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Vermont Law School Professor Cheryl Hanna's Death Ruled Suicide

Tuesday, August 05, 2014
South Royalton — Cheryl Hanna, a popular professor at Vermont Law School, influential scholar on domestic violence laws and highly visible media commentator in Vermont, died by suicide using a handgun, the state medical examiner said Monday.

Paul Henninge, Hanna’s husband, said in a phone interview that his late wife had twice been hospitalized for treatment for depression in the nine days before her July 27 suicide.

“She bought the gun the day before,” he said. “It is shocking that somebody who had voluntarily admitted herself to the hospital” for psychiatric treatment was able to easily buy a gun, he added.

Police would not comment on the origins of the weapon Hanna used. “I honestly don’t know where the handgun came from,” said Bruce Bovat, the public information officer for the Burlington Police Department. Officers involved in the investigation “hope it would be wrapped up in a couple of days,” at which point what had been learned about the source of the handgun would be disclosed, he added.

But Henninge said he had been told by Burlington police detectives that Hanna had bought the gun at a local store.

Henninge said that Hanna’s depression had progressed in “a quick downward spiral” and that she had first sought help from her general practitioner and had then begun seeing a therapist. She was admitted twice to Fletcher Allen Hospital for treatment, once for three days in the emergency ward, a second time for three days in a psychiatric ward, he said. She was released after she seemed to calm and showed some signs of stabilizing, he said. The next day she bought a gun, and the day after that she shot herself, according to Henninge.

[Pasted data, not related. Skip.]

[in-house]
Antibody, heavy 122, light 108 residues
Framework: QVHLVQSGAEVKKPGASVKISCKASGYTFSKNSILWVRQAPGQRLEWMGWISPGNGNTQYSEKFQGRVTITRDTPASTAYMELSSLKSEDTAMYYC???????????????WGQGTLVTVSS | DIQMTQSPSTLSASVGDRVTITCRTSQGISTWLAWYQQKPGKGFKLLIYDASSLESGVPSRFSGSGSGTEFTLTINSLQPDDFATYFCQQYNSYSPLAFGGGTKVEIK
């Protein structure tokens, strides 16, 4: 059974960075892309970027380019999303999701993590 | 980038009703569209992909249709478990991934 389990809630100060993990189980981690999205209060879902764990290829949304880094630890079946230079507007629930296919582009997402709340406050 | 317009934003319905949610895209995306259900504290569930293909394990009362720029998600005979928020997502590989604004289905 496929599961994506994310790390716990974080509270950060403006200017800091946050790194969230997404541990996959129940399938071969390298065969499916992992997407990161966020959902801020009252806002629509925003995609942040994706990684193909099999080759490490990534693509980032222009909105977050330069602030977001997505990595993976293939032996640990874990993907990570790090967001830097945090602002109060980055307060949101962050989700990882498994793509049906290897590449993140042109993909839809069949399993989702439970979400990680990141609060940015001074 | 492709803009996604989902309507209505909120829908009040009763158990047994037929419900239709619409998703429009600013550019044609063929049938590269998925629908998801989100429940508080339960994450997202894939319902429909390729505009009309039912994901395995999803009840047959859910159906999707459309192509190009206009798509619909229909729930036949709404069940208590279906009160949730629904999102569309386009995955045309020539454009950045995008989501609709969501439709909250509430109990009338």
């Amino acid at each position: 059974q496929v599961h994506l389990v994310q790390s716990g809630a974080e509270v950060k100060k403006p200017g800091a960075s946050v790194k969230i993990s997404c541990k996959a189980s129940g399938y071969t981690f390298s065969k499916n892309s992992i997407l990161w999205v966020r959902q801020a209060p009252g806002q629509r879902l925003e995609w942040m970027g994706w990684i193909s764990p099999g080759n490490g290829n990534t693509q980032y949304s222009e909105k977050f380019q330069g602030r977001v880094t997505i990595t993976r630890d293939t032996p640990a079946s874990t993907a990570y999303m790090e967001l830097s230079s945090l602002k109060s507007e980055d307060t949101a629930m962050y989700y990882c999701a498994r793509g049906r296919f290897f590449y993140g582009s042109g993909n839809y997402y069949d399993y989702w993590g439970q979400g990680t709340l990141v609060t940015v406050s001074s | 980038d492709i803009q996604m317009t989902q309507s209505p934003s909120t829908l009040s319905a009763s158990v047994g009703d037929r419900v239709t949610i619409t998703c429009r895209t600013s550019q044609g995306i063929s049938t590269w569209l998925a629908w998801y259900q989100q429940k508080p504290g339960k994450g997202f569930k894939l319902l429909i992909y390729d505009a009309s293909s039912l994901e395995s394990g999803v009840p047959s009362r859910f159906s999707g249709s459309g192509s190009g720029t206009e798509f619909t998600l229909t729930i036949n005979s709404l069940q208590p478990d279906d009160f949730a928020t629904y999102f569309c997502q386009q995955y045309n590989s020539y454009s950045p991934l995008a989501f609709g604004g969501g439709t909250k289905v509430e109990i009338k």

Mike Noble, a Fletcher Allen spokesman, said that he could not comment on Henninge’s account because of patient confidentiality rules.

The availability of firearms is an important risk factor in suicide. “Firearms are used in over half of all completed suicides in the United States, and firearm suicides outnumber firearm homicides almost 2 to 1,” according to the American Foundation for Suicide Prevention, which advocates “reducing access to firearms for persons at risk for suicide as part of our overall policy approach for reducing suicide.”